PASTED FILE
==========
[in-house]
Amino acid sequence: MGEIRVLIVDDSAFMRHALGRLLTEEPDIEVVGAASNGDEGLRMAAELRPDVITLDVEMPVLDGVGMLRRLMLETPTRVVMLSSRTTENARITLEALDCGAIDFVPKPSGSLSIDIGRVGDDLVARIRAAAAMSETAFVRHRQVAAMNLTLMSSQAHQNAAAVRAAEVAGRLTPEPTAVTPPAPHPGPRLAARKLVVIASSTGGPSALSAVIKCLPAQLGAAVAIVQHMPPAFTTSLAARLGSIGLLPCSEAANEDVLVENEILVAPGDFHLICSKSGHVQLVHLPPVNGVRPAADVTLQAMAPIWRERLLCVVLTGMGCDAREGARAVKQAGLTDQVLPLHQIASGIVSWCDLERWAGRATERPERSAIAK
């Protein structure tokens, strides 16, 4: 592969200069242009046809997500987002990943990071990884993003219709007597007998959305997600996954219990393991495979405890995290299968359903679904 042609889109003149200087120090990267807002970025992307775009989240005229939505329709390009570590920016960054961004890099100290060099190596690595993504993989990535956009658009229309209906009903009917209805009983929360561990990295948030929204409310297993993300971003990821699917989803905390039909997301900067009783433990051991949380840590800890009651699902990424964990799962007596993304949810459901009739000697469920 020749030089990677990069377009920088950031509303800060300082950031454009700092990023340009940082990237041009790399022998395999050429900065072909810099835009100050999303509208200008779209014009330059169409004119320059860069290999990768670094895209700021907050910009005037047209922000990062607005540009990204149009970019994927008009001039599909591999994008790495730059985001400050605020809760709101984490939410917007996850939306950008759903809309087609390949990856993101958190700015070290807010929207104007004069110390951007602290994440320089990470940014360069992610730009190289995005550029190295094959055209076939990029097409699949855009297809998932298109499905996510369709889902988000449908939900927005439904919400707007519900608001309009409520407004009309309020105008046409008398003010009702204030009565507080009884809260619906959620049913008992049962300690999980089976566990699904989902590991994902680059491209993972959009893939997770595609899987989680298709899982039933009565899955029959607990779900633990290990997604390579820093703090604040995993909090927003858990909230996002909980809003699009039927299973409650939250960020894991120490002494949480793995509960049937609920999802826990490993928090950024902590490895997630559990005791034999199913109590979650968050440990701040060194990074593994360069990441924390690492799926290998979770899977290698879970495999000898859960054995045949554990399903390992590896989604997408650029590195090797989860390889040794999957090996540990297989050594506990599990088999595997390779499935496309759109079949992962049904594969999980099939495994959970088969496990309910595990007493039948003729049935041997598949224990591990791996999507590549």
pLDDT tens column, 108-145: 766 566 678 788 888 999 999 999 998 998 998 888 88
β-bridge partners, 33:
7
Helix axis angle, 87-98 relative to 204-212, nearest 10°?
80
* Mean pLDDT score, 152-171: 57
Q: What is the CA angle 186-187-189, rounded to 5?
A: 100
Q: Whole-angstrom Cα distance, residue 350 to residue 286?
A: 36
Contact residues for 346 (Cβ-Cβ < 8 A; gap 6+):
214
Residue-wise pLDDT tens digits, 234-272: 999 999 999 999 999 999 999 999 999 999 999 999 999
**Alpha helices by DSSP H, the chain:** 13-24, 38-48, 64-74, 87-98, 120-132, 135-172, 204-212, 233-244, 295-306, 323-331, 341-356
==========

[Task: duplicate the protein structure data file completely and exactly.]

[in-house]
Amino acid sequence: MGEIRVLIVDDSAFMRHALGRLLTEEPDIEVVGAASNGDEGLRMAAELRPDVITLDVEMPVLDGVGMLRRLMLETPTRVVMLSSRTTENARITLEALDCGAIDFVPKPSGSLSIDIGRVGDDLVARIRAAAAMSETAFVRHRQVAAMNLTLMSSQAHQNAAAVRAAEVAGRLTPEPTAVTPPAPHPGPRLAARKLVVIASSTGGPSALSAVIKCLPAQLGAAVAIVQHMPPAFTTSLAARLGSIGLLPCSEAANEDVLVENEILVAPGDFHLICSKSGHVQLVHLPPVNGVRPAADVTLQAMAPIWRERLLCVVLTGMGCDAREGARAVKQAGLTDQVLPLHQIASGIVSWCDLERWAGRATERPERSAIAK
């Protein structure tokens, strides 16, 4: 592969200069242009046809997500987002990943990071990884993003219709007597007998959305997600996954219990393991495979405890995290299968359903679904 042609889109003149200087120090990267807002970025992307775009989240005229939505329709390009570590920016960054961004890099100290060099190596690595993504993989990535956009658009229309209906009903009917209805009983929360561990990295948030929204409310297993993300971003990821699917989803905390039909997301900067009783433990051991949380840590800890009651699902990424964990799962007596993304949810459901009739000697469920 020749030089990677990069377009920088950031509303800060300082950031454009700092990023340009940082990237041009790399022998395999050429900065072909810099835009100050999303509208200008779209014009330059169409004119320059860069290999990768670094895209700021907050910009005037047209922000990062607005540009990204149009970019994927008009001039599909591999994008790495730059985001400050605020809760709101984490939410917007996850939306950008759903809309087609390949990856993101958190700015070290807010929207104007004069110390951007602290994440320089990470940014360069992610730009190289995005550029190295094959055209076939990029097409699949855009297809998932298109499905996510369709889902988000449908939900927005439904919400707007519900608001309009409520407004009309309020105008046409008398003010009702204030009565507080009884809260619906959620049913008992049962300690999980089976566990699904989902590991994902680059491209993972959009893939997770595609899987989680298709899982039933009565899955029959607990779900633990290990997604390579820093703090604040995993909090927003858990909230996002909980809003699009039927299973409650939250960020894991120490002494949480793995509960049937609920999802826990490993928090950024902590490895997630559990005791034999199913109590979650968050440990701040060194990074593994360069990441924390690492799926290998979770899977290698879970495999000898859960054995045949554990399903390992590896989604997408650029590195090797989860390889040794999957090996540990297989050594506990599990088999595997390779499935496309759109079949992962049904594969999980099939495994959970088969496990309910595990007493039948003729049935041997598949224990591990791996999507590549």
pLDDT tens column, 108-145: 766 566 678 788 888 999 999 999 998 998 998 888 88
β-bridge partners, 33:
7
Helix axis angle, 87-98 relative to 204-212, nearest 10°?
80
* Mean pLDDT score, 152-171: 57
Q: What is the CA angle 186-187-189, rounded to 5?
A: 100
Q: Whole-angstrom Cα distance, residue 350 to residue 286?
A: 36
Contact residues for 346 (Cβ-Cβ < 8 A; gap 6+):
214
Residue-wise pLDDT tens digits, 234-272: 999 999 999 999 999 999 999 999 999 999 999 999 999
**Alpha helices by DSSP H, the chain:** 13-24, 38-48, 64-74, 87-98, 120-132, 135-172, 204-212, 233-244, 295-306, 323-331, 341-356